But engineer Barry Knowles, who has earthquake-strengthened many old Christchurch buildings, believes poor-quality estimates of repair costs are being drawn up by engineers with little experience on heritage buildings. He agrees with King that many could be saved for substantially less than the price of a new building.
“A lot of [owners] want a new building, so they get very high prices for repairs … And there is a lack of expertise on pricing this sort of work.” He has seen estimates that are five to six times higher than what he would consider a realistic cost.
In a similar vein, one engineer told the Listener the 1905 Regent Building in Cathedral Square – registered as category I by the Historic Places Trust – could have been saved for a “minor investment”. Instead, it has been demolished.
Knowles believes insurers are paying out on the basis of inflated repair estimates because they want to get old buildings off their books. Insurance Council chief executive Chris Ryan says insurers have little choice but to pay if presented with findings from Cera and engineers that a building is unsafe, and owners who want cash settlements.
Another driver behind the pace of demolitions is that many of Christchurch’s commercial building owners are elderly, passive investors, whose properties were often poorly tenanted before the earthquake and who don’t have the skills or the stomach for complex restoration projects. An insurance payout gives them a way out.
Knowles disputes the suggestion Cera has been forcing unwilling owners to demolish. Although the agency recently ordered the demolition of the heritage Highpara Apartments against the owners’ wishes, Knowles says generally Cera has allowed owners with “realistic” repair plans and sufficient financial backing to go ahead.
Nevertheless, the traditional guardians of heritage buildings – the Historic Places Trust and city council heritage staff – have been rendered toothless. Although personnel from both agencies provide advice to Cera on heritage buildings – and in 50% of cases the Historic Places Trust has recommended repair rather than demolition – they have no say over the final decision. Further, Cera has made the demolition of heritage buildings a permitted activity under the Christchurch City Plan, which means the normal opportunity to make submissions via the resource-consenting process has been lost.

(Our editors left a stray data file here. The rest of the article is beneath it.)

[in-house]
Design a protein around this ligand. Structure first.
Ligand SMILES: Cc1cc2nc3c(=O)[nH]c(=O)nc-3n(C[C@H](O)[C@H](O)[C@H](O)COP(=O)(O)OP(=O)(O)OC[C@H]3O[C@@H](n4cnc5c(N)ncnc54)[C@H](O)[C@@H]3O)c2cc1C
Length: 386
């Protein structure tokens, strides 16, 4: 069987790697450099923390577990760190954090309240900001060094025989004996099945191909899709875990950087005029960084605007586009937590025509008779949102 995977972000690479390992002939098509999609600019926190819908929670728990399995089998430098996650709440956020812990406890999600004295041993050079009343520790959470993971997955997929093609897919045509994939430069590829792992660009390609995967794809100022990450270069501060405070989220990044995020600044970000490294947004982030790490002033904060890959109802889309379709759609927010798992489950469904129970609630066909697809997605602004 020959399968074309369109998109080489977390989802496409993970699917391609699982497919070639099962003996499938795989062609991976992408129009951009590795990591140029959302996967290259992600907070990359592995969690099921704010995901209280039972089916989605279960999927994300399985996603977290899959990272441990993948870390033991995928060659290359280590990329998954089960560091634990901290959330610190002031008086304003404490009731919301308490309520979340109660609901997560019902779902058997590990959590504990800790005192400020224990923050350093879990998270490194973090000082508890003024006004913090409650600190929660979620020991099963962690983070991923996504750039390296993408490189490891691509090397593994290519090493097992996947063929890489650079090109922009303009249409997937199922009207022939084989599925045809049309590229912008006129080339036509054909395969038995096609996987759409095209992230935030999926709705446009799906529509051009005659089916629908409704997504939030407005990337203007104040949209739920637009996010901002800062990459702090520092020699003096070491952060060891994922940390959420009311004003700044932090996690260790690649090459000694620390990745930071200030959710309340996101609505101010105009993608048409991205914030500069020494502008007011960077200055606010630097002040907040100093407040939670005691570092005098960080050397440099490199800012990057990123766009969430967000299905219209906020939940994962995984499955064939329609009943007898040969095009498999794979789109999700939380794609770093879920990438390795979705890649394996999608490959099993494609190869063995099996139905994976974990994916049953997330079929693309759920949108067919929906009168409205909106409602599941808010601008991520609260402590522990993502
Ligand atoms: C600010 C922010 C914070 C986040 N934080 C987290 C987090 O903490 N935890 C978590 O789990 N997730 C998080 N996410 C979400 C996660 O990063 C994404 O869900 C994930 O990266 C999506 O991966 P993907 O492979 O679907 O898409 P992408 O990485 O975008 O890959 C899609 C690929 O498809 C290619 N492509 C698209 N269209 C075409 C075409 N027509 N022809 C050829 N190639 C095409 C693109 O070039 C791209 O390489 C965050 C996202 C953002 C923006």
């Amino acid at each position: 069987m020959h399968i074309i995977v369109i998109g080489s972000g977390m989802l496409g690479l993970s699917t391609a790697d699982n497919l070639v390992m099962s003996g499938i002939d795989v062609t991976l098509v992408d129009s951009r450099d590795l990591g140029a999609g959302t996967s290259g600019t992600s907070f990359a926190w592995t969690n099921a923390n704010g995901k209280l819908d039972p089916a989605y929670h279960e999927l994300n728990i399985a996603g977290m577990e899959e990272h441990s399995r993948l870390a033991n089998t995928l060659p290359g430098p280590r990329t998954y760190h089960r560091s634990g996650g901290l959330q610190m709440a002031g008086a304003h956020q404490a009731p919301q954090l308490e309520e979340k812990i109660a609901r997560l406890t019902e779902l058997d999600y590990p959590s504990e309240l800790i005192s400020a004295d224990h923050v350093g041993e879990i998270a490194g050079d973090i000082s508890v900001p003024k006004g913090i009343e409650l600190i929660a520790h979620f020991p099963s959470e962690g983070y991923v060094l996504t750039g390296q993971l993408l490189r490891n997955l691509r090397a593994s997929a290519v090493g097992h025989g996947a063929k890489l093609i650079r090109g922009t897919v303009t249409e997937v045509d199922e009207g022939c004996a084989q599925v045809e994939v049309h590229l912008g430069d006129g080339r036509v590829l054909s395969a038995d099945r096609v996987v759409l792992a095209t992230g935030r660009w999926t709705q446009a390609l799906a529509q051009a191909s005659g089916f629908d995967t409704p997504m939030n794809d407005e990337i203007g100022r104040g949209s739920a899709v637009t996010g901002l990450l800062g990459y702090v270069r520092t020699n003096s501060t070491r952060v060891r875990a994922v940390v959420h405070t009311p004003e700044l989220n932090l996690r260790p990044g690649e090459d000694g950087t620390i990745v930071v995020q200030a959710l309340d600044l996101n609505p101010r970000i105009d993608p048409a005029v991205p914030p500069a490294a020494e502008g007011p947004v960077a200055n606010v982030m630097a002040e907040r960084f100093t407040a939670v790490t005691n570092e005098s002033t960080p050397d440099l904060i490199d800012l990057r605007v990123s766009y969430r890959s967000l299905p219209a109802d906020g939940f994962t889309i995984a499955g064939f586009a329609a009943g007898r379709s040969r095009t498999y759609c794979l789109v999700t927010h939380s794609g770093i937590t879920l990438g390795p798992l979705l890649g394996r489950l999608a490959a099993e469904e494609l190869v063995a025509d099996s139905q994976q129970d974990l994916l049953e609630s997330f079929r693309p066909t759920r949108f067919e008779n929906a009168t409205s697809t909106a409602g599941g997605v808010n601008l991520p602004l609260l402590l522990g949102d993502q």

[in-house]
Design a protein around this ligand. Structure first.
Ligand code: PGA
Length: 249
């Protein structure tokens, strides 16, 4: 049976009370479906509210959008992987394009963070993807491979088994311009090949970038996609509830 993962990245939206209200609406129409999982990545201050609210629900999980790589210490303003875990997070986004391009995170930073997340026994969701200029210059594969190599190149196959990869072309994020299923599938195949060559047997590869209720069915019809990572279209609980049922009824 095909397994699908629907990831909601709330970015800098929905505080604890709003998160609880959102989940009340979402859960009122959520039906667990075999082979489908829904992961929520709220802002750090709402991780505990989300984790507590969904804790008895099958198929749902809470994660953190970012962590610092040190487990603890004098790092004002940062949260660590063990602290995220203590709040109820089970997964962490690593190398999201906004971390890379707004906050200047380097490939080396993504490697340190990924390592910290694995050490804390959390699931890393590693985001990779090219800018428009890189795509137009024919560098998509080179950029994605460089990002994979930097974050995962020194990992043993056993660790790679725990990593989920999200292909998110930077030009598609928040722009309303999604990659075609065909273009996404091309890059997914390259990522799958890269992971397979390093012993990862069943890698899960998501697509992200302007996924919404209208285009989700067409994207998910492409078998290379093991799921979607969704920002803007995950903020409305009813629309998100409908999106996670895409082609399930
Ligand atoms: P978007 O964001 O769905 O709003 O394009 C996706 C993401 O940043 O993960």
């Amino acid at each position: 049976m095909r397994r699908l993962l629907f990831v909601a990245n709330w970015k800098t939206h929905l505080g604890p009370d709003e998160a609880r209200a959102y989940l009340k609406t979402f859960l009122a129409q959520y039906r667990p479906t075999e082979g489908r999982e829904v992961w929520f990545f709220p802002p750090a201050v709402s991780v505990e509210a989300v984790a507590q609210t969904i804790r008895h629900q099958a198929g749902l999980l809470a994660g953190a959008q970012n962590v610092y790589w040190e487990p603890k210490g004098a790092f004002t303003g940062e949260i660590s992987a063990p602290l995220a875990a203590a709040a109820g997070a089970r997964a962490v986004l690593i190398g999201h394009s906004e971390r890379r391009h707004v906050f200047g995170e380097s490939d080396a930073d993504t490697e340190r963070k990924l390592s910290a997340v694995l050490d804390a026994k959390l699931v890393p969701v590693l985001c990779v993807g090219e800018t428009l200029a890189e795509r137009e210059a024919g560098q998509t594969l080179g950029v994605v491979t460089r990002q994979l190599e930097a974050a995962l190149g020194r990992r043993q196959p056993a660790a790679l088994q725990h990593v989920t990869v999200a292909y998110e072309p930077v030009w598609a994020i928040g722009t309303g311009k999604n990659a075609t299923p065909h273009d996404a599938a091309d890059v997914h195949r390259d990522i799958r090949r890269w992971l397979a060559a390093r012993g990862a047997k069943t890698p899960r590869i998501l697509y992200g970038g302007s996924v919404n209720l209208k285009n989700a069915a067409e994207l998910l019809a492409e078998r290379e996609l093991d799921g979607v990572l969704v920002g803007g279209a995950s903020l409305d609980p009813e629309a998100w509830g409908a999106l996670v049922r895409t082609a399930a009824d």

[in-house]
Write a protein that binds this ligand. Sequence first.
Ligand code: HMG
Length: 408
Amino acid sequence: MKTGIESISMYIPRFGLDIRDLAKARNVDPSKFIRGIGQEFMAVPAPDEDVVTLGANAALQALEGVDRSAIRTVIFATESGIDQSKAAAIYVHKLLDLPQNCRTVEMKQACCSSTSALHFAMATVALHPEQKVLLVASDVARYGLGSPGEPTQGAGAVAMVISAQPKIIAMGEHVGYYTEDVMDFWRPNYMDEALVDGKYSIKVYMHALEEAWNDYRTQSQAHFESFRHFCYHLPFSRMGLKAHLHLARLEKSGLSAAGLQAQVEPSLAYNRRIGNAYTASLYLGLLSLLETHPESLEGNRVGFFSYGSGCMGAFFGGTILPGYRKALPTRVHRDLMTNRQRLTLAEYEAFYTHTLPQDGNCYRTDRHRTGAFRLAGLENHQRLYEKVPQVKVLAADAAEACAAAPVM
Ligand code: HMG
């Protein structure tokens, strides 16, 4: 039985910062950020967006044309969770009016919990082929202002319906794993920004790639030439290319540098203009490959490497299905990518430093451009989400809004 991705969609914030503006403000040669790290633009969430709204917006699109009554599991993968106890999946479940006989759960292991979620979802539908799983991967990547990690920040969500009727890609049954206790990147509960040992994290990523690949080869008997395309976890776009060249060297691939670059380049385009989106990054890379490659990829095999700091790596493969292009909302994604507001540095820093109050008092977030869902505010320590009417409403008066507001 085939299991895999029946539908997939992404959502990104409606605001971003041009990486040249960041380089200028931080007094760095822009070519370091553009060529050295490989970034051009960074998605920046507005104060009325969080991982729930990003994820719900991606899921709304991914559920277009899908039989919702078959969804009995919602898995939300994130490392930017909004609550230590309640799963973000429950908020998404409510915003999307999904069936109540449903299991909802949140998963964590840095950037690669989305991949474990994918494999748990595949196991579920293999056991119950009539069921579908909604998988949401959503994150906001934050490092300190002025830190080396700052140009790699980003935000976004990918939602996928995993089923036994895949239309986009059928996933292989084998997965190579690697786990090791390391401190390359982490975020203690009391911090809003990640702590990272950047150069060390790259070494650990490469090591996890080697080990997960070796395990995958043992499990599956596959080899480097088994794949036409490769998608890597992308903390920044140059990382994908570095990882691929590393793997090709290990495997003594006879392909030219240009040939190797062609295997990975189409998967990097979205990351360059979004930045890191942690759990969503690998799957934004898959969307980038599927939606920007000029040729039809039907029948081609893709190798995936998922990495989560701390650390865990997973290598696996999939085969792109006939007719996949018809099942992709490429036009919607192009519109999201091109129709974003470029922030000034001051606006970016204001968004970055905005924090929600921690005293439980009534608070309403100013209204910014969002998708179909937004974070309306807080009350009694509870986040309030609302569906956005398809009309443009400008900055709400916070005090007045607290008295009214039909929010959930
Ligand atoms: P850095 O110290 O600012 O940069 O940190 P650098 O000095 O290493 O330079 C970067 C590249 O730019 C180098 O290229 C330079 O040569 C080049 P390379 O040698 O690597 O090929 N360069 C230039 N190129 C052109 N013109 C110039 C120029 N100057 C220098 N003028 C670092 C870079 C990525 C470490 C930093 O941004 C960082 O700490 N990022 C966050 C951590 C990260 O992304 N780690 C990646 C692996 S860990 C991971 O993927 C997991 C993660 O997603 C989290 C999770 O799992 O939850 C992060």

The forces aligned against the restoration of heritage buildings are such that the $4 million Canterbury Earthquake Heritage Building Fund – set up after the September quake – has so far been able to make only five grants, worth a total of $1.6 million.
Fund chairwoman Anna Crighton says few applications are being received because the roadblocks in the way of heritage retention are so overwhelming for owners. “It’s just a nightmare to try and save heritage in Christchurch.”
But although the cost of saving old buildings might be considerable, the cost of continuing to bulldoze them into the landfill may be just as great. Bill Johnson, a former Alabama politician who ran that state’s recovery effort after Hurricane Katrina and is now based in Christchurch as head of disaster recovery company Ceres Environmental, fears the demolitions are increasing the risk of capital flight. As buildings come down and owners are cashed out by their insurers, the financial ties that connect them to the city are cut.
Instead of giving owners an “exit ticket” out of town, he says, Cera should be encouraging them to come together in precincts to find out who plans to stay and who wants out, identifying the obstacles to getting their street reopened, and working collaboratively on repairs and redevelopment.
“Cera is looking at streets in terms of demolition, not in terms of ‘what do we need to do to open this street?’”
In the area around High St, property owners are working with Johnson and Miyamoto’s King in the hope that by collaborating they can rescue the Victorian and Edwardian buildings that are still standing, and retain the facades of the historically significant 1881 Excelsior Hotel and 1910 McKenzie & Willis building.
Delicate negotiations are under way in a bid to convince Cera to remove the barricades around the precinct, so that property owners can get to work preserving what’s left of this small corner of the city’s heritage – and so that business owners like Joe and Nicky Arts can get back to work.